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4th Amendment:
Is Everyone Required To Show ID To Government Agents Upon Demand?

No, not at all. This section lists 23 references, outlining the Constitutional protections and U.S. Supreme Court rulings on the matter.

1. In Martin Hill's case, there were no "exigent circumstances", there was no "reasonable suspicion" that a crime had been committed or was about to occur; (1968 case of Terry v. Ohio) There were no grounds for a warrantless search or arrest, detainment, Terry stop, or for a demand for ID. Brown v. Texas (1979) held that absent reasonable suspicion of criminality, the police can not simply stop people and ask for their names or ID.

On November 10, 2010 after being illegally woken up out of a commercial truck's sleeper berth and threatened with arrest if he didn't show ID, Hill recorded his interaction with both officers. Hill then filed both state and federal official civil rights complaints. Soon afterwards, the Texas Department of Public Safety admitted wrongdoing in writing on behalf of the two officers only one month after an internal affairs complaint was filed against the officers in November 2010. The admission letter, dated December 20, 2010 and signed by Captain Kenneth Plunk of the Waco Commercial Vehicle Enforcement Division, stated that "corrective action was needed" against both officers and that "additional training has been taken." [Here is the postmarked envelope the letter came in.] The driver, Martin Hill, then filed a 42 U.S.C. Section 1983 Federal Civil Rights Lawsuit against the troopers for damages, permanent injunction, and to dissuade them from continuing this blatantly illegal practice. Updates on the case are directly below. One of the internal police department documents which they were forced to release as a result of my lawsuit in initial disclosures revealed that the Texas Troopers officially admitted that "The passenger is under no obligation to comply with request" for ID.

Truck driver Kenny Capell of TN runs trucking a business with his wife and was woken up repeatedly by a rogue police officer in Georgia named Leigh A. Parsons. On April 15, 2014, while Kenny's wife was driving and he was off duty sleeping, Parsons woke Kenny up out of the sleeper berth and demanded his ID with no probable cause at a weigh station on I-75 in Ringgold, GA. The same officer had done this a month prior so this time, Kenny refused on principal to show the cop his ID since she had no legal justification and no warrant. Kenny was then arrested, handcuffed, jailed and kept in a cage until he was bailed out twelve hours later. Charged with the criminal offense of 'obstruction of justice,' Capell fought it in court and after stalling nearly a near, the Georgia prosecutor dropped the case.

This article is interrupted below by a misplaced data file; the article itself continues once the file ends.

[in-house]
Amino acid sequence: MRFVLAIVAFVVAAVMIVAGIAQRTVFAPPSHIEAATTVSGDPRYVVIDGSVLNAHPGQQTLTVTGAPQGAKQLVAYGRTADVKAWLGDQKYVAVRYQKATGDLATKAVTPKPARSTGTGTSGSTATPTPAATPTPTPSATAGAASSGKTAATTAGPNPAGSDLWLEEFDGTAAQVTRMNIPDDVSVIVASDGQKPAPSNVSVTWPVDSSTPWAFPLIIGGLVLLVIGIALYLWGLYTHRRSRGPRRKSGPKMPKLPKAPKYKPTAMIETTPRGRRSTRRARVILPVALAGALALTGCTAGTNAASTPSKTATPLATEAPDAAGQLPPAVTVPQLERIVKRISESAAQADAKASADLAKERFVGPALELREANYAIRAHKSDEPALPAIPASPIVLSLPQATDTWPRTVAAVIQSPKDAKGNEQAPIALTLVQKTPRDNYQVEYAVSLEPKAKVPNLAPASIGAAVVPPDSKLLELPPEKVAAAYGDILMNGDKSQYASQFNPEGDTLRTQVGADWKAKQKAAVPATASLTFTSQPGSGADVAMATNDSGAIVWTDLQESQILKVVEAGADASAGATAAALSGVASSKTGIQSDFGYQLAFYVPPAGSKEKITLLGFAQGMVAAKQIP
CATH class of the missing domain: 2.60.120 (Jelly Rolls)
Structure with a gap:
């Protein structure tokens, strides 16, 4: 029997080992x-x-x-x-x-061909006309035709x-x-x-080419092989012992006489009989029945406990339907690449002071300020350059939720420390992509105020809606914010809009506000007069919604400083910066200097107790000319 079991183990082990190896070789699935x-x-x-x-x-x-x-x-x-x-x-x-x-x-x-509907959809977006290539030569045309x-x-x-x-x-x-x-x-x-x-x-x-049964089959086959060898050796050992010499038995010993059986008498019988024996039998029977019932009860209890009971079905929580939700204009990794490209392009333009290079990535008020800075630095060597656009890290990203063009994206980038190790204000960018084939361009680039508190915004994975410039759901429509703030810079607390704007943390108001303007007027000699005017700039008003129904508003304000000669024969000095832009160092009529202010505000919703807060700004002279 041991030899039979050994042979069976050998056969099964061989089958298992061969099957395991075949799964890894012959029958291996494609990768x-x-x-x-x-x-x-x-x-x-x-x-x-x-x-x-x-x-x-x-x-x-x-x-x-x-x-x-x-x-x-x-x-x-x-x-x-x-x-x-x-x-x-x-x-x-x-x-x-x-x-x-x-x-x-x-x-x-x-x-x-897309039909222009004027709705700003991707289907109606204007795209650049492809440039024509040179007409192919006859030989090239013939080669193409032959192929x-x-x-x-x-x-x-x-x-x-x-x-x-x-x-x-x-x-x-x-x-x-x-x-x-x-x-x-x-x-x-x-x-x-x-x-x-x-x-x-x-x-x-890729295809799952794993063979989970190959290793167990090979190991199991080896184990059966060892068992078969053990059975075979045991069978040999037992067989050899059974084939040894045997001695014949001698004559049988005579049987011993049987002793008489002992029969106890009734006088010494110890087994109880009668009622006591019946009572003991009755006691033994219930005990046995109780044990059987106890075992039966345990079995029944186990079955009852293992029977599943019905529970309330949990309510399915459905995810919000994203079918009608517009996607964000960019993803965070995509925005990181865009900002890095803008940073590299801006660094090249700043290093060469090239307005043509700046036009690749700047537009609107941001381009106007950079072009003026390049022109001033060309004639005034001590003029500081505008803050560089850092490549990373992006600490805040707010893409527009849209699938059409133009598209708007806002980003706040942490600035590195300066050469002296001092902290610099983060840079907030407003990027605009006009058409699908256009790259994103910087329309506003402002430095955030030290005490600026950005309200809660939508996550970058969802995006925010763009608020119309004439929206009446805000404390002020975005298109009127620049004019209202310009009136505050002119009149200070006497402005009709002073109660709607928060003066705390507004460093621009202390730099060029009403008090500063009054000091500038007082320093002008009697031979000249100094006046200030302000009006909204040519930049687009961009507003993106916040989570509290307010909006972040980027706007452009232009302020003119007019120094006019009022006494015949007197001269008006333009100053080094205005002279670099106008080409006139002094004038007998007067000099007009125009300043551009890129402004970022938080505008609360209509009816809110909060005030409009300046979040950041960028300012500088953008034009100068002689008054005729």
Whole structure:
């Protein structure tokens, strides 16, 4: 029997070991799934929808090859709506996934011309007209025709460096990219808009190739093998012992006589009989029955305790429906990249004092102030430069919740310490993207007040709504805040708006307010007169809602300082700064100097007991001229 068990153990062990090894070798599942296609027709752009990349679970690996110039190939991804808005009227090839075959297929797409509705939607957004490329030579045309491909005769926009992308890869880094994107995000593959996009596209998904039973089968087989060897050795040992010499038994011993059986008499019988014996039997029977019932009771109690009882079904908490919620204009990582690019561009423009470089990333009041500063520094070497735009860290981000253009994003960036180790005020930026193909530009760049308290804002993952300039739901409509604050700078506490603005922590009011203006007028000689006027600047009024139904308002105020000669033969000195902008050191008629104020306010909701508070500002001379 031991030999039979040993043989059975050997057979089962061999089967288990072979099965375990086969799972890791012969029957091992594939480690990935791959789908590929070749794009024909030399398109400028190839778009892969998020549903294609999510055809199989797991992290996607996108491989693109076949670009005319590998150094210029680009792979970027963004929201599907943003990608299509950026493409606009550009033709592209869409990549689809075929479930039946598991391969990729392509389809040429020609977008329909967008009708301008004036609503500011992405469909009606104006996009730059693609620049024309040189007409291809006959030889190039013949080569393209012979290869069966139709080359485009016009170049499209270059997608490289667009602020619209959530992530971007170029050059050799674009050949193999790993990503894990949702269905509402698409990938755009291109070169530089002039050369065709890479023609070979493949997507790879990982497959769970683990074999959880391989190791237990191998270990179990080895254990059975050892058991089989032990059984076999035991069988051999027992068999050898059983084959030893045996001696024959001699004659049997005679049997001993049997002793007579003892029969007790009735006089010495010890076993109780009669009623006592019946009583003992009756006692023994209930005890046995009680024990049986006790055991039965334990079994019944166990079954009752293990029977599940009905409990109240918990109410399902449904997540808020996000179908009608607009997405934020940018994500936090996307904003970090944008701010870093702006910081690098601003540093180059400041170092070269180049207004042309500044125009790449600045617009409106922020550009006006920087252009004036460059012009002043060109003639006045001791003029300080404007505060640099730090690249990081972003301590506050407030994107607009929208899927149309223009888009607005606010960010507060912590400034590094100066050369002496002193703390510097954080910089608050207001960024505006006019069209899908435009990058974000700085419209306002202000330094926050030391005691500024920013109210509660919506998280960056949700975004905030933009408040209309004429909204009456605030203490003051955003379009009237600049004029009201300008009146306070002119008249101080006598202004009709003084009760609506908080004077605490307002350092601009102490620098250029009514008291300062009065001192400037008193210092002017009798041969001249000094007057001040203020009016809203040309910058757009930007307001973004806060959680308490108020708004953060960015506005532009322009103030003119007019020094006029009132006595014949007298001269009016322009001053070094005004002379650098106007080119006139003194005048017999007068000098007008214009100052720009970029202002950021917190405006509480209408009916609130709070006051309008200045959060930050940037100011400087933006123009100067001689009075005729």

James P. Lamb, Chairman of The Small Business in Transportation Coalition ("SBTC") [smalltransportation.org], supported Capell's cause. Read their press release here: 'SBTC's Police Misconduct Complaint results in Judge dismissing bogus "obstruction" charge against Trucker Kenneth Ahearn Capell.' [Also see: AskTheTrucker.com: Trucker victory for Obstruction of Justice "Right to Sleep" court case (2/26/15) and OverdriveOnline: Driver cleared of obstruction charges after being woken up by police in the sleeper of team-driven truck (3/2/15)

2, Brown v. Texas, 443 U.S. 47 (1979)
In 1979, the U.S. Supreme Court ruled on Brown v. Texas, a case where a man in Texas refused to show police ID because there was no probable cause. The court noted "he was arrested for violation of Tex.Penal Code Ann., Tit. 8, 38.02(a) (1974), which makes it a criminal act for a person to refuse to give his name and address to an officer "who has lawfully stopped him and requested the information." However, the court reversed his conviction: